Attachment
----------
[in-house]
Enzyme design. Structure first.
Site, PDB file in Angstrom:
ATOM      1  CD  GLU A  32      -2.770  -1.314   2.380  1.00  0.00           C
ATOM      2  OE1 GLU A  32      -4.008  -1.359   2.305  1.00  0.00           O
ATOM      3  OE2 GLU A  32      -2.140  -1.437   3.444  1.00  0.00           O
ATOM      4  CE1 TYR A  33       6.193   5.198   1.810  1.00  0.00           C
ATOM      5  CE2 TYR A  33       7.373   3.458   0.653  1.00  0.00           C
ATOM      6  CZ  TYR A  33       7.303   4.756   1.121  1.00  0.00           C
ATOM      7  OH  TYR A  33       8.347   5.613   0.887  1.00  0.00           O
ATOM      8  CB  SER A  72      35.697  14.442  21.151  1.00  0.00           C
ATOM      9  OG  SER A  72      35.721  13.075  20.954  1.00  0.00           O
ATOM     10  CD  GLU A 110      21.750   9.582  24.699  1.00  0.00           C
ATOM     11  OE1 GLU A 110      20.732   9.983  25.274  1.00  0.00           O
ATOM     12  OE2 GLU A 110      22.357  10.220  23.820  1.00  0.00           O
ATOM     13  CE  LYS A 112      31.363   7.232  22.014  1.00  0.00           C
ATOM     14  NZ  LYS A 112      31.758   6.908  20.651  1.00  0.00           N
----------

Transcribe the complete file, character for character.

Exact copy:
[in-house]
Enzyme design. Structure first.
Site, PDB file in Angstrom:
ATOM      1  CD  GLU A  32      -2.770  -1.314   2.380  1.00  0.00           C
ATOM      2  OE1 GLU A  32      -4.008  -1.359   2.305  1.00  0.00           O
ATOM      3  OE2 GLU A  32      -2.140  -1.437   3.444  1.00  0.00           O
ATOM      4  CE1 TYR A  33       6.193   5.198   1.810  1.00  0.00           C
ATOM      5  CE2 TYR A  33       7.373   3.458   0.653  1.00  0.00           C
ATOM      6  CZ  TYR A  33       7.303   4.756   1.121  1.00  0.00           C
ATOM      7  OH  TYR A  33       8.347   5.613   0.887  1.00  0.00           O
ATOM      8  CB  SER A  72      35.697  14.442  21.151  1.00  0.00           C
ATOM      9  OG  SER A  72      35.721  13.075  20.954  1.00  0.00           O
ATOM     10  CD  GLU A 110      21.750   9.582  24.699  1.00  0.00           C
ATOM     11  OE1 GLU A 110      20.732   9.983  25.274  1.00  0.00           O
ATOM     12  OE2 GLU A 110      22.357  10.220  23.820  1.00  0.00           O
ATOM     13  CE  LYS A 112      31.363   7.232  22.014  1.00  0.00           C
ATOM     14  NZ  LYS A 112      31.758   6.908  20.651  1.00  0.00           N